RE: I-0463: Hardware Inclusion In A TOE With FPT_SEP
- Subject: RE: I-0463: Hardware Inclusion In A TOE With FPT_SEP
- From: "Arnold, James L. Jr." <JAMES.L.ARNOLD.JR@saic.com>
- Date: Wed, 17 Jul 2002 08:15:05 -0400
- Content-Type: text/plain; charset="iso-8859-1"
For those who might be interested in alternate GUIDANCE on this topic,
consult the Oracle DBMS PP from the UK. It includes FPT_SEP and FPT_RVM and
specifically excludes the OS from the TOE using assumptions about the
underlying IT environment. This approach seems reasonable and meaningful and
does not, practically speaking, limit certain requirements to a very small
percentage of security-related products.
In any case, it is not true that assumptions in a PP or ST address only
usage and connectivity. Part 1 indicates physical, personnel, and
connectivity assumptions. Part 3 indicates "The statement of TOE security
environment shall identify and explain any assumptions about the intended
usage of the TOE and the environment of use of the TOE." While the
informative part offers three topics, the normative part offers no such
restriction or guidance.
My SUGGESTION is that FPT_SEP be interpreted such that it is more useful,
such as the UK apparently did. If there is some driving need to force
hardware to be included in TOEs, then some other requirements should be
invented to dictate certain architecture restrictions.
>From Part 3 of the CC:
433 "The components of this family ensure that at least one security domain
is available for the TSF's own execution and that the TSF is protected from
external interference and tampering (e.g. by modification of TSF code or
data structures) by untrusted subjects. Satisfying the requirements of this
family makes the TSF self protecting, meaning that an untrusted subject
cannot modify or damage the TSF."
434 "a) The resources of the TSF's security domain ("protected domain") and
those of subjects and unconstrained entities external to the domain are
separated such that the entities external to the protected domain cannot
observe or modify TSF data or TSF code internal to the protected domain."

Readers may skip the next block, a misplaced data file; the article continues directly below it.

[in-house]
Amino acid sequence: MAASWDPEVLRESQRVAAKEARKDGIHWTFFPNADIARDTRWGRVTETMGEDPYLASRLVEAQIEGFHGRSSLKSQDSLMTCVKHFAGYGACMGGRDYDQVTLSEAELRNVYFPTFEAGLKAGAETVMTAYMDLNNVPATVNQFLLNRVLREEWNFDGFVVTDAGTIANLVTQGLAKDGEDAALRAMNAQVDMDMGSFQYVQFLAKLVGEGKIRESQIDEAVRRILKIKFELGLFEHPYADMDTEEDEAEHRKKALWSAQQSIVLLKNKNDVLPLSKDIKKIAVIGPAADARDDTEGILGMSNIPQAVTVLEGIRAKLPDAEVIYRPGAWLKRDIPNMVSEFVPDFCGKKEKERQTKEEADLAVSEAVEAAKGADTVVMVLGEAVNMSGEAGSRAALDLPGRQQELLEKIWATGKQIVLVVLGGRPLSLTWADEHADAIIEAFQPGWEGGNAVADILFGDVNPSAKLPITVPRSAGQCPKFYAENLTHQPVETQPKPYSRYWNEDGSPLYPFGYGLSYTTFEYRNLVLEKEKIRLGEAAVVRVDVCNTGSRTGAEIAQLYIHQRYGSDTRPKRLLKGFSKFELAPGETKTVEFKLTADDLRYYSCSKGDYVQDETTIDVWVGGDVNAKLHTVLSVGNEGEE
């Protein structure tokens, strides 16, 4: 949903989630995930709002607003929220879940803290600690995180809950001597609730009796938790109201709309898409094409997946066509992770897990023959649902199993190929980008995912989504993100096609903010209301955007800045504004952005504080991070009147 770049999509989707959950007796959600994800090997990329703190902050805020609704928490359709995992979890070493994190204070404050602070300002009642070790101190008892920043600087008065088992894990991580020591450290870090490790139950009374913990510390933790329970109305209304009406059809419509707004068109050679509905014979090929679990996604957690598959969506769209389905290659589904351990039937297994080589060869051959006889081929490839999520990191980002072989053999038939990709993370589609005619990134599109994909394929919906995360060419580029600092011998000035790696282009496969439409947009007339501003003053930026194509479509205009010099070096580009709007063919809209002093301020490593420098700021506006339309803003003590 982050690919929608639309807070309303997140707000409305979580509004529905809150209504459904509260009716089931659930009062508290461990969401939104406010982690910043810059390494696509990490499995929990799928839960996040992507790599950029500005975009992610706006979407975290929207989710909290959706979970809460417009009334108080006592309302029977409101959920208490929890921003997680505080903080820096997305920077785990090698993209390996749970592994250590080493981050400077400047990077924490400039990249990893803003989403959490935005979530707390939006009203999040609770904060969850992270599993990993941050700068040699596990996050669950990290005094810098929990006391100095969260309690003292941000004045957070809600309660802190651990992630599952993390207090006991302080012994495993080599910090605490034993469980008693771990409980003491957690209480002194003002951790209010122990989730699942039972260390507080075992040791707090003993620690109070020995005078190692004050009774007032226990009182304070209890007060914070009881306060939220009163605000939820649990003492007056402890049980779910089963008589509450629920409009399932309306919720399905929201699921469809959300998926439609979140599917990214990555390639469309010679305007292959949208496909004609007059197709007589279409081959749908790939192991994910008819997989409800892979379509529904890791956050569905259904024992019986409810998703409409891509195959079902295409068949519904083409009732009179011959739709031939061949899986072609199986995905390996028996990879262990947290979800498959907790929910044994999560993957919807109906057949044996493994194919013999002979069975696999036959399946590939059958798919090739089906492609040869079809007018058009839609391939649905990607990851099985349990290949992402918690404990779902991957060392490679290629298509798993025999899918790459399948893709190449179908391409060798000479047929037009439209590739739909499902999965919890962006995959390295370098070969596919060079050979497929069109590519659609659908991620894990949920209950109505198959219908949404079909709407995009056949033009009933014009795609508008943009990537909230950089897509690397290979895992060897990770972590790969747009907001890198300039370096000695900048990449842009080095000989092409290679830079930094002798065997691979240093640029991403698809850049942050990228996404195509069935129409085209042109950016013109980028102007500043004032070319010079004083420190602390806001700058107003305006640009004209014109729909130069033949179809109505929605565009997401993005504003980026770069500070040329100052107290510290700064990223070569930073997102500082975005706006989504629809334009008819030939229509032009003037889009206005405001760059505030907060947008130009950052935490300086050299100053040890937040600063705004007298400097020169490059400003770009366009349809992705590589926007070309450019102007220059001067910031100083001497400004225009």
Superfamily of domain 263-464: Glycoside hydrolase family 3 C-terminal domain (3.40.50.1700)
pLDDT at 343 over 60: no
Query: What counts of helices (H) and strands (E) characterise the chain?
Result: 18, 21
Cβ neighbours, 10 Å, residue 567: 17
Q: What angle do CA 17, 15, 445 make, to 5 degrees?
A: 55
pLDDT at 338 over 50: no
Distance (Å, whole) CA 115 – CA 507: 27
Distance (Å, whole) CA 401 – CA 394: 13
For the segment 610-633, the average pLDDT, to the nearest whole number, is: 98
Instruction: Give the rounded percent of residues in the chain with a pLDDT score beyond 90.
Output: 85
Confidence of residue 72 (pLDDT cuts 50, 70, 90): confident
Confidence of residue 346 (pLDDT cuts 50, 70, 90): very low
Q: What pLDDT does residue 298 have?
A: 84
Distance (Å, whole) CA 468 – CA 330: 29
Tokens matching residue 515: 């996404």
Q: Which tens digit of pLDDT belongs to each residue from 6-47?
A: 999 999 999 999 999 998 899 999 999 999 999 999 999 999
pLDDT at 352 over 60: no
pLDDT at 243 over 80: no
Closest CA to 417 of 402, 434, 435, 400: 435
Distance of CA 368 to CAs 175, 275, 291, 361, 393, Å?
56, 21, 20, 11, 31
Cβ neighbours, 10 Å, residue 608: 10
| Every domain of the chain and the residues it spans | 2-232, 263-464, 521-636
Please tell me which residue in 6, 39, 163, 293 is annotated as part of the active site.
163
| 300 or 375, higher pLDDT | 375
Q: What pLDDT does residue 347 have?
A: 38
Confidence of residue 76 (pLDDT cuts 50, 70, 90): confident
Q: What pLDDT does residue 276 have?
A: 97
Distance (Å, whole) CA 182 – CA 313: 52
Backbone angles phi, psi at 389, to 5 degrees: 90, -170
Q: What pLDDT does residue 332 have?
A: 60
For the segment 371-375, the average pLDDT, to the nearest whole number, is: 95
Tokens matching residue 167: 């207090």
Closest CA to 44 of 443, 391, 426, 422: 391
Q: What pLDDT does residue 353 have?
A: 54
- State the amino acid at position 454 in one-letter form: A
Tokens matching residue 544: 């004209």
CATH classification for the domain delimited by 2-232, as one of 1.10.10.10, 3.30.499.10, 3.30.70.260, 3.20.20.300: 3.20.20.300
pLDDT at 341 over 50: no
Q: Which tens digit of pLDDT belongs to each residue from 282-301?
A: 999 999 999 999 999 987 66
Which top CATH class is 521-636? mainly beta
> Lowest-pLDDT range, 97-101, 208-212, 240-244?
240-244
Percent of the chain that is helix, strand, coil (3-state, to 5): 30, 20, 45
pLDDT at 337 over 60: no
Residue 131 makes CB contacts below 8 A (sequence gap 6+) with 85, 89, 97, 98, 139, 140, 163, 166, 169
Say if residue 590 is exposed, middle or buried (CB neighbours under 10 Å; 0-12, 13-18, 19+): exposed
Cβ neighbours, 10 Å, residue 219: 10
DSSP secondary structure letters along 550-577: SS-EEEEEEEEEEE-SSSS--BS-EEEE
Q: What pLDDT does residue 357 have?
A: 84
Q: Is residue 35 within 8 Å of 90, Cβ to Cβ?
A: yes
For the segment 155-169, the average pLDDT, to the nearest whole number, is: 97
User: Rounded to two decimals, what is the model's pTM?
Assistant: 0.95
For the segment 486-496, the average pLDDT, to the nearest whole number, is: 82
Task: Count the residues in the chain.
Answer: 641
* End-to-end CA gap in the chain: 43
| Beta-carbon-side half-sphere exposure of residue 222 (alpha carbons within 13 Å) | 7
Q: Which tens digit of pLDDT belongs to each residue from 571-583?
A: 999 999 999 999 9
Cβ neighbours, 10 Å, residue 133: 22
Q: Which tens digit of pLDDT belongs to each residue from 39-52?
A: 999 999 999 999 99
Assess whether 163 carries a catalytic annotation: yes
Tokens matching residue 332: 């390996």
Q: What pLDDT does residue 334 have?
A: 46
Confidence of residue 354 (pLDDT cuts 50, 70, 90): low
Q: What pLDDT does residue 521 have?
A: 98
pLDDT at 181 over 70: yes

435 "FPT_SEP.1 TSF domain separation, provides a distinct protected domain
for the TSF and provides separation between subjects within the TSC."
"FPT_SEP.1.1 The TSF shall maintain a security domain for its own execution
that protects it from interference and tampering by untrusted subjects."
These statements should not be taken to mean that the TSF must actually
implement the mechanism that provides execution domains. Rather, the TOE
must be architected (including features of its IT environment) to ensure
that the execution domain of the TSF is distinct from the execution domains
of untrusted subjects. Hence, an application-type TOE that spawns additional
processes to embody its subjects might be able to qualify for this claim
(provided that there are appropriate assumptions, or requirements on the IT
environment, about process domain restrictions that must be provided by the
IT environment). Note that the IT environment is not an untrusted subject
and is also not an "unconstrained" external entity provided that appropriate
constraining assumptions have been crafted. In general, a TSF is going to
protect itself from tampering by untrusted subjects by controlling the
services/features it offers at its external interfaces. Naturally, some TOEs
have more complex interfaces than others.
Note that this topic is disturbing because 1) it is being strongly suggested
(by the CCEVS and its reps) that hardware is required when requirements such
as FPT_SEP are claimed and 2) the CCEVS is participating in the development
of PPs for application-type (and other) TOEs and is insisting that FPT_SEP,
for example, must be included as TOE requirements. It seems as though CCEVS
and its reps to not share the same ideas. This guidance can only serve to
render FPT_SEP and any associated PPs to be largely unusable.
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